My colleague Bob Kaplan considers whether the Palestinians actually want a state, because statelessness has its benefits:
[T]he most tempting aspect of statelessness is that it permits a people to savor the pleasures of religious zeal, extremist ideologies, and moral absolutes, without having to make the kinds of messy, mundane compromises that accompany the work of looking after a geographical space.
Statehood would mean openly compromising with Israel, and, because of the dictates of geography, living in an intimate political and economic relationship with it. Better the glory of victimhood, combined with the power of radical abstractions! As a stateless people, Palestinians can lob rockets into Israel, but not be wholly blamed in the eyes of the international community. Statehood would, perforce, put an end to such license.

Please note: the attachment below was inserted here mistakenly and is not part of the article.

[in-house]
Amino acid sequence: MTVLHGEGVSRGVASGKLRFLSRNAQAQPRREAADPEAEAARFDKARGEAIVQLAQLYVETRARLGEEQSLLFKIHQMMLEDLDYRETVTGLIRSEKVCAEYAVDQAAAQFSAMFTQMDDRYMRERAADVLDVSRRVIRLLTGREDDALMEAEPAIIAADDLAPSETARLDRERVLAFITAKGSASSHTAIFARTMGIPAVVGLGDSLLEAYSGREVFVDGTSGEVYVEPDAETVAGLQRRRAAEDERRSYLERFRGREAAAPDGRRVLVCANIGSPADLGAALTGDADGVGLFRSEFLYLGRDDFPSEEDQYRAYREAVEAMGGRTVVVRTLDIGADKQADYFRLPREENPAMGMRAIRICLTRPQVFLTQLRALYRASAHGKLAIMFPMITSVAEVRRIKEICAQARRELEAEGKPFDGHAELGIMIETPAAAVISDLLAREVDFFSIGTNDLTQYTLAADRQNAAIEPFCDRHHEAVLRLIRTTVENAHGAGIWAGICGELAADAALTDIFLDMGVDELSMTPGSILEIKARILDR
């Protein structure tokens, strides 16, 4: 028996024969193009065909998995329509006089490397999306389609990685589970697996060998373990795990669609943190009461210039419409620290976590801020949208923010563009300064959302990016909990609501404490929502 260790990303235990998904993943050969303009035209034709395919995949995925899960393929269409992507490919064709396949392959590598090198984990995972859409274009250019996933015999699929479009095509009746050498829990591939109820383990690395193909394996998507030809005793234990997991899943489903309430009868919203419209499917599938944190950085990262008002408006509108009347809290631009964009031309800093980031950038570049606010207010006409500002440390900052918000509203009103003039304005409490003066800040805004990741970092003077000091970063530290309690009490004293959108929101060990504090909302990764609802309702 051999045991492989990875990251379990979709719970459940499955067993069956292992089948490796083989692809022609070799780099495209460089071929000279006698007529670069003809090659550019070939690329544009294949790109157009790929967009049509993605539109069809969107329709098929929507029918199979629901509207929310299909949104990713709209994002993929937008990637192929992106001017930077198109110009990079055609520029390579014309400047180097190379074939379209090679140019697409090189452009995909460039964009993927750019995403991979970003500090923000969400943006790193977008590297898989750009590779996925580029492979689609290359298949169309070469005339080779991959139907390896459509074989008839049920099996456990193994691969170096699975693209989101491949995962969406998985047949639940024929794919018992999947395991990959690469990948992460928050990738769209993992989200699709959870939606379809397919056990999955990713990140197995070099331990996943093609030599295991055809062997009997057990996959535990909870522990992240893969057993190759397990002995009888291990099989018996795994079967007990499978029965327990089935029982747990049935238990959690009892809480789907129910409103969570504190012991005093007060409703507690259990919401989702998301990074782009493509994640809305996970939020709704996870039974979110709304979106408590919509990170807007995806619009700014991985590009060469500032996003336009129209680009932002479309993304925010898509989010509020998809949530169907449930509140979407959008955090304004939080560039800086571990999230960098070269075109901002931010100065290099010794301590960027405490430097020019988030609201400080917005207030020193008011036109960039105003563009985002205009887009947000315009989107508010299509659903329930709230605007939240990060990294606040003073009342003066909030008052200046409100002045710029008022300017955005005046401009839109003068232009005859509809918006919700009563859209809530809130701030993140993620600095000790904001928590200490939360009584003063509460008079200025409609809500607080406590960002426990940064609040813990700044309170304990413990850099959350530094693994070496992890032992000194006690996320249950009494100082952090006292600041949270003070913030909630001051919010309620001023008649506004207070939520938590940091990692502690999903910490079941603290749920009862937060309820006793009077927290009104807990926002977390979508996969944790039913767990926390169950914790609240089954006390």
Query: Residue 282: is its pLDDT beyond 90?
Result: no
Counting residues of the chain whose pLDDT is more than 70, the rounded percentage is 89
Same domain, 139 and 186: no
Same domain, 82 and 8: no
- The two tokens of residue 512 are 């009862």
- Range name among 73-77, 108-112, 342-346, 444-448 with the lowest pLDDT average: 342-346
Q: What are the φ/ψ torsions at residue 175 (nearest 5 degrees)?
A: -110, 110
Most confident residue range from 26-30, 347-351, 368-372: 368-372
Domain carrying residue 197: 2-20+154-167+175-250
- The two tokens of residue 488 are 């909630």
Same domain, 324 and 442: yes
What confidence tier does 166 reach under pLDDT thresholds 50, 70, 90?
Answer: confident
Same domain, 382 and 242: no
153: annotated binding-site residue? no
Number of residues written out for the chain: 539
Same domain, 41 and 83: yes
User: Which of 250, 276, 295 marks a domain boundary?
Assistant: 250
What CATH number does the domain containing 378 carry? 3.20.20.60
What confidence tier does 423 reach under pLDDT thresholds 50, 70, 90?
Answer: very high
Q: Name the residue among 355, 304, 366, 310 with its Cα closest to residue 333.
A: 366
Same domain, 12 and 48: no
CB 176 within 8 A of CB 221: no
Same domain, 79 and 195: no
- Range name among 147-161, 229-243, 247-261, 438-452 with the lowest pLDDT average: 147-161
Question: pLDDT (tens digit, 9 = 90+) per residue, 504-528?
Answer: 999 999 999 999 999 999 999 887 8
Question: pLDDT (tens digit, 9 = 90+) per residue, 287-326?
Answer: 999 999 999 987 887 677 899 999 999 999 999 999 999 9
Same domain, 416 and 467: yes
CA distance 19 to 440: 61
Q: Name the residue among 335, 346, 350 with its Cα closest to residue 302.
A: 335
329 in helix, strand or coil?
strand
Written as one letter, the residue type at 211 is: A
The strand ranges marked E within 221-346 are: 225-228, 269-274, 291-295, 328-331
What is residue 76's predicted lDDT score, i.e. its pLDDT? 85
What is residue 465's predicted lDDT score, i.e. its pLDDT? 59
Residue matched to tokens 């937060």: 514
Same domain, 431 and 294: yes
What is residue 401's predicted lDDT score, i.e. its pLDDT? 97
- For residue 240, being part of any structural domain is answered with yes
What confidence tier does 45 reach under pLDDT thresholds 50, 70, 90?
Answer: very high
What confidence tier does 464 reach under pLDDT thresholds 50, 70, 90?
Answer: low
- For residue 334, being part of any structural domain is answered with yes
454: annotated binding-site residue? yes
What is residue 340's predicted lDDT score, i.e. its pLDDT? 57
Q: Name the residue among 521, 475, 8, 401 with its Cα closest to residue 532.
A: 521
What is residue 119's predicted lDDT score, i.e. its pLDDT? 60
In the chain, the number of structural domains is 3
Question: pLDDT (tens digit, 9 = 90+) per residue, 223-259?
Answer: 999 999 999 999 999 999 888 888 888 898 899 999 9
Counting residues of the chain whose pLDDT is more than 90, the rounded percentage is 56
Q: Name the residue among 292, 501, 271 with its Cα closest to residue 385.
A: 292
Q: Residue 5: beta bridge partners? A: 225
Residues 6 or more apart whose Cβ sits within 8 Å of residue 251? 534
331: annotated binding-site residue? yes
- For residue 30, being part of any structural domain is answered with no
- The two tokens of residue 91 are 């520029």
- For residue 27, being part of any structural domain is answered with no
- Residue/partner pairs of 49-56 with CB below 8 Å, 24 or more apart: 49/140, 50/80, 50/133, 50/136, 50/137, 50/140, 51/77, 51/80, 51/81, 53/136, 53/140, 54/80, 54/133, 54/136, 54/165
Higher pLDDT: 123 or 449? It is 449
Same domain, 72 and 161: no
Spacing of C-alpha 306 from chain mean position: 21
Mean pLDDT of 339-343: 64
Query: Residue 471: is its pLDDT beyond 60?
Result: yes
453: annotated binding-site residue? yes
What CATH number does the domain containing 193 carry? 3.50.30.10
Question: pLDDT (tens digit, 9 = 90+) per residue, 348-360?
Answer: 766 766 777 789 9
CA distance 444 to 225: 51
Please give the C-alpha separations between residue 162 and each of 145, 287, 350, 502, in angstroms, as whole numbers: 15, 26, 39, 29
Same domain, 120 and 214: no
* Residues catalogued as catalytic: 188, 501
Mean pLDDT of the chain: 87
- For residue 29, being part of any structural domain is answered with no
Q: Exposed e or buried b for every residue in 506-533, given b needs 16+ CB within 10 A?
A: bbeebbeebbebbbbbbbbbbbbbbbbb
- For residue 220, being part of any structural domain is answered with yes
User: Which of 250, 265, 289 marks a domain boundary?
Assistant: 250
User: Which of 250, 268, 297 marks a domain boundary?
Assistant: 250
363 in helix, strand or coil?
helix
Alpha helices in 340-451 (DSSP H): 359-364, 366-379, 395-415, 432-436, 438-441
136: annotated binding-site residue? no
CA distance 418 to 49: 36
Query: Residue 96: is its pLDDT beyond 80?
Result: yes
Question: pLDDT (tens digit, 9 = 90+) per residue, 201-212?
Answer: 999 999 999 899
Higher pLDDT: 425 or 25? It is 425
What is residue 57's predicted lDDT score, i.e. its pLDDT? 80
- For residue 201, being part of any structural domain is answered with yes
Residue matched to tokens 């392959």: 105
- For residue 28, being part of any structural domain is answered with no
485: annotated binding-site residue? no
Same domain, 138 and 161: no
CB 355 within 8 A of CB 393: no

Bradley Burston asked a similiar question a while back:
Today, the question of whether the Palestinians can take the steps necessary to maintain a state - that is to say, whether they really do want a state, rather than just the flag they already have and the representative at the United Nations they already have, and the righteous indignation that they have in spades - remains an open question.
If they would rather demand the right of return until the end of time, rather than accepting some formula that amounts to a lesser gain, and with it, a Palestinian state, then the question is answered.
If they would rather insist on the right to violent resistance against Israel - allying themselves in the minds of others, if not in their own, with terrorist movements that bedevil civilized countries worldwide - rather than a renunciation of armed struggle and entrance into the community of nations, then we have their answer. If they insist on a one-state solution, then it is a one-state solution that they will get, and that state will be Israel.